Aid flows to Iraqi town after jihadist siege broken

Aid flows to Iraqi town after jihadist siege broken
Like thousands of others in this Shia Turkmen-majority town north of Baghdad, Khalaf was trapped by the Islamic State (IS) jihadist group until Iraqi forces and allied militiamen broke through on Sunday.

As much-needed aid arrives, residents are telling harrowing stories of living without even the most basic supplies and in constant fear for their lives. ‘All the roads were blocked, we were besieged by terrorists,’ says Amerli resident Nureddin Yunis, standing near a truck where fighters are handing down battered metal canisters of gas for cooking.

Fighters also distribute large blocks of ice to a clamouring crowd of people, while others have handed out bags of food, cooking oil and canned tomatoes.

People bringing assistance are greeted with ululations and cheers as they drive through the town, while some residents wave flags bearing images of Imam Ali, one of the most revered figures in Shia Islam.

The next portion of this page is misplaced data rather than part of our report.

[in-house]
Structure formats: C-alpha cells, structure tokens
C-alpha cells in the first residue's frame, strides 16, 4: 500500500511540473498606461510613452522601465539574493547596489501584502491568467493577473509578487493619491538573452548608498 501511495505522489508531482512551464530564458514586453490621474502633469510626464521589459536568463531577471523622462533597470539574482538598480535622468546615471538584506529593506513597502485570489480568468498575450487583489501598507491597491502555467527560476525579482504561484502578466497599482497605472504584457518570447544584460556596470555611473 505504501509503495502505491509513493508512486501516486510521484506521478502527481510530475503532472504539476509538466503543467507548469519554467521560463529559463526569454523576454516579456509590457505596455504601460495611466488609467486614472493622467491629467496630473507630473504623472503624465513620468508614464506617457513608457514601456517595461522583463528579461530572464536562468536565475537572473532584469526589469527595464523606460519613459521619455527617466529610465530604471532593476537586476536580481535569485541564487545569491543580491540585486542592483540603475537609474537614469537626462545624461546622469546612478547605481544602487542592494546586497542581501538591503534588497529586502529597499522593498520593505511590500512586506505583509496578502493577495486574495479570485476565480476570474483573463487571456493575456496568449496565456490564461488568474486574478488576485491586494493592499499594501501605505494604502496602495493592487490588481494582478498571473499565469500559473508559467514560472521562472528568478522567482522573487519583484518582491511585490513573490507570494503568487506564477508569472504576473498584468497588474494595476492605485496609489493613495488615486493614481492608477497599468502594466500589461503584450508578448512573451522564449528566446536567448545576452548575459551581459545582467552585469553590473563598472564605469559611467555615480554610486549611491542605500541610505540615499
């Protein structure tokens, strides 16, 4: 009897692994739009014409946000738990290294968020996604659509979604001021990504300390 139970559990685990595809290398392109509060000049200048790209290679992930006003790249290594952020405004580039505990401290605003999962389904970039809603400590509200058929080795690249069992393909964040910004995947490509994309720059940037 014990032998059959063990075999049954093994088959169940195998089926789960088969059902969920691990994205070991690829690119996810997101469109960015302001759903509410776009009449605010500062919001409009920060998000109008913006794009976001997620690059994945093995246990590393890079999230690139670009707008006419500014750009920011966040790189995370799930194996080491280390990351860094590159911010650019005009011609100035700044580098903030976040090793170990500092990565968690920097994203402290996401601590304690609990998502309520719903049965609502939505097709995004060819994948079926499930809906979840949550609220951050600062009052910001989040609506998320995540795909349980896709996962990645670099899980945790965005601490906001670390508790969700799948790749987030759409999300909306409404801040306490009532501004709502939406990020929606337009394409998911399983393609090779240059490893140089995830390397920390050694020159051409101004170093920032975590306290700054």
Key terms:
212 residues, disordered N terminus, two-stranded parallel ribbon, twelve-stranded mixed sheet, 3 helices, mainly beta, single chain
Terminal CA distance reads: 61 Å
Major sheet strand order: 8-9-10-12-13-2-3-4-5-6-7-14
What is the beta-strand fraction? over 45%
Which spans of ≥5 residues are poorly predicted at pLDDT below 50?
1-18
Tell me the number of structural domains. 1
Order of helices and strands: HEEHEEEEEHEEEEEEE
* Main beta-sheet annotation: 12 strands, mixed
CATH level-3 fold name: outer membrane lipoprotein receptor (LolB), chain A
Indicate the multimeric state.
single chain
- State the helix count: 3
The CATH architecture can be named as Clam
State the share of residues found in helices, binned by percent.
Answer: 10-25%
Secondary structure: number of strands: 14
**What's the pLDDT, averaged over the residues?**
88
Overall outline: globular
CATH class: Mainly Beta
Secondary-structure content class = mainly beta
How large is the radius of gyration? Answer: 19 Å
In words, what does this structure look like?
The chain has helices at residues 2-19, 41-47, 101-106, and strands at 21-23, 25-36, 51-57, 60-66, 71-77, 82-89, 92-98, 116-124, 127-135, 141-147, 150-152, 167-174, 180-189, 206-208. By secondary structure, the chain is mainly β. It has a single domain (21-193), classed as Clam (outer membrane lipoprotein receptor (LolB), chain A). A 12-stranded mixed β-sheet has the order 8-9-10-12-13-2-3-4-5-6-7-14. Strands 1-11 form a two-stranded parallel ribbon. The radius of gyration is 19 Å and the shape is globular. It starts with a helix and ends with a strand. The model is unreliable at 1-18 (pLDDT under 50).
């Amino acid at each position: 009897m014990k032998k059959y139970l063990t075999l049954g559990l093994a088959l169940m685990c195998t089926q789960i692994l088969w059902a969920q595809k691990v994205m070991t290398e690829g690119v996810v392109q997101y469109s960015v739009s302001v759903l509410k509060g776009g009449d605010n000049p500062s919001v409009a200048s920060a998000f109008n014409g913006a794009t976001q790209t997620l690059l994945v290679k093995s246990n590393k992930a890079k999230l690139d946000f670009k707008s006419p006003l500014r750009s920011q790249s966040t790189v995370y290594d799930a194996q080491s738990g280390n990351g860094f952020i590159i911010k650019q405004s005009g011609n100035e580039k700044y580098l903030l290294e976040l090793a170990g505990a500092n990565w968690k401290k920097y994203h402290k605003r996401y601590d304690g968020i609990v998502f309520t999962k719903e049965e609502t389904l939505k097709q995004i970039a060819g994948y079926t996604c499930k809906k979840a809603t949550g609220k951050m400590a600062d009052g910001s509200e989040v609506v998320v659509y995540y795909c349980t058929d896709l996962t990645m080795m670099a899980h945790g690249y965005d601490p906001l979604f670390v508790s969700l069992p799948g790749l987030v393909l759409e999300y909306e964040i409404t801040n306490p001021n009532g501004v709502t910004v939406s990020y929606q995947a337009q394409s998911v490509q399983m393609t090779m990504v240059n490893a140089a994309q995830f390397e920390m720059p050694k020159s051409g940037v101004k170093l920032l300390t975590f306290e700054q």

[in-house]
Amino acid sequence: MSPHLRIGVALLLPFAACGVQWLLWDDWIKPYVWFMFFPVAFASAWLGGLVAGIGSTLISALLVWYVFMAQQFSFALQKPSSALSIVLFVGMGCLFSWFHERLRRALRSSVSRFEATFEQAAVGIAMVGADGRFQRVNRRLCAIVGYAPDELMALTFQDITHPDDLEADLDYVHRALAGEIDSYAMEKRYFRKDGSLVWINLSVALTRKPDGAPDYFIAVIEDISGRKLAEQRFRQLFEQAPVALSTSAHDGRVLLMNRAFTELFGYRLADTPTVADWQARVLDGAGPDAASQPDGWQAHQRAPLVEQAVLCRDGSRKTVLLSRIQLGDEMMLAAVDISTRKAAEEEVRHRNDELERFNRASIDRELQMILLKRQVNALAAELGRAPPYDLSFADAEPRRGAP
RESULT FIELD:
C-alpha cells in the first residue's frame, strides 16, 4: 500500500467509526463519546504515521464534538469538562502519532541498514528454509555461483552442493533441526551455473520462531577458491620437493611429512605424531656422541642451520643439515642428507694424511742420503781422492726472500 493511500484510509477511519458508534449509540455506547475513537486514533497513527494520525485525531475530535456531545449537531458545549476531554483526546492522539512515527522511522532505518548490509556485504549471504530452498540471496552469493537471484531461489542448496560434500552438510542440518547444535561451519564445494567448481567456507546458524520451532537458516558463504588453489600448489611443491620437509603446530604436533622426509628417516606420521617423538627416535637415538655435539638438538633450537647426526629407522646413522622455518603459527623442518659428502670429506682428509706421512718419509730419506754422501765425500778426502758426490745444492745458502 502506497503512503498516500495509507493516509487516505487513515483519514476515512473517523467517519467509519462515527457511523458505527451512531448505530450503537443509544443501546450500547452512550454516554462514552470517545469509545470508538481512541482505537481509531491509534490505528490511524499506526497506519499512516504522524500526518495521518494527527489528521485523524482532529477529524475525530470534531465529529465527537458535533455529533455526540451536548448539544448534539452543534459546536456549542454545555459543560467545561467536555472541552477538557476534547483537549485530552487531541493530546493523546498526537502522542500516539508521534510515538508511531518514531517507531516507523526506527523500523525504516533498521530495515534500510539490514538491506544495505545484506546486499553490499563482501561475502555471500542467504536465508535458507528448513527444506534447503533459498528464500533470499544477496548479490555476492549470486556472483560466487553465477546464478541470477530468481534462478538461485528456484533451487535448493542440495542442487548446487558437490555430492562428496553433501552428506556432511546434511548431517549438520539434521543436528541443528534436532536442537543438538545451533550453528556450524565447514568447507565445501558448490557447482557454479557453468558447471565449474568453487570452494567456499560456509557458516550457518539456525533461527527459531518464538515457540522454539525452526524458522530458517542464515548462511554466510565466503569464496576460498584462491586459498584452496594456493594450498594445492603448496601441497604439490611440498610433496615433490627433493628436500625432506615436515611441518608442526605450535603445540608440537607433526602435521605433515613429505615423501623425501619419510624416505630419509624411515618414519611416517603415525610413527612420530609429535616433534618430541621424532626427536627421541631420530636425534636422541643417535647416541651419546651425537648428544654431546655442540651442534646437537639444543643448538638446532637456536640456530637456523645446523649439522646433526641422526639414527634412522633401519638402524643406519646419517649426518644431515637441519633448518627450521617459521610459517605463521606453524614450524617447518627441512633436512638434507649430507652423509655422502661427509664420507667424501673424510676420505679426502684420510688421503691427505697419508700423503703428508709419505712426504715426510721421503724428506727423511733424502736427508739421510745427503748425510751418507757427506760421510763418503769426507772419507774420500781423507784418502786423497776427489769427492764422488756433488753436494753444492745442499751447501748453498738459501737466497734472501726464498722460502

Resident Burhan Amerli says local dates and bread helped him make it through the siege, when other food was lacking.  ‘Thank God we managed to survive,’ he says.  Amerli was besieged when IS-led militants launched a major offensive in June, overrunning chunks of five Iraqi provinces and sweeping security forces aside, though they have now begun to claw back some ground.  Mohammed al-Bayati, the official responsible for the Amerli area, says there were daily clashes during the siege.

The jihadists blocked one water pipe to the town and polluted another with crude oil, while also cutting off electricity and preventing the entry of food.

Aid was brought in by helicopter and air-dropped during the siege, but it was not enough to meet the needs of increasingly desperate residents.  Along with the deprivation, residents had to contend with the knowledge the jihadists would likely show no quarter if they entered the town.


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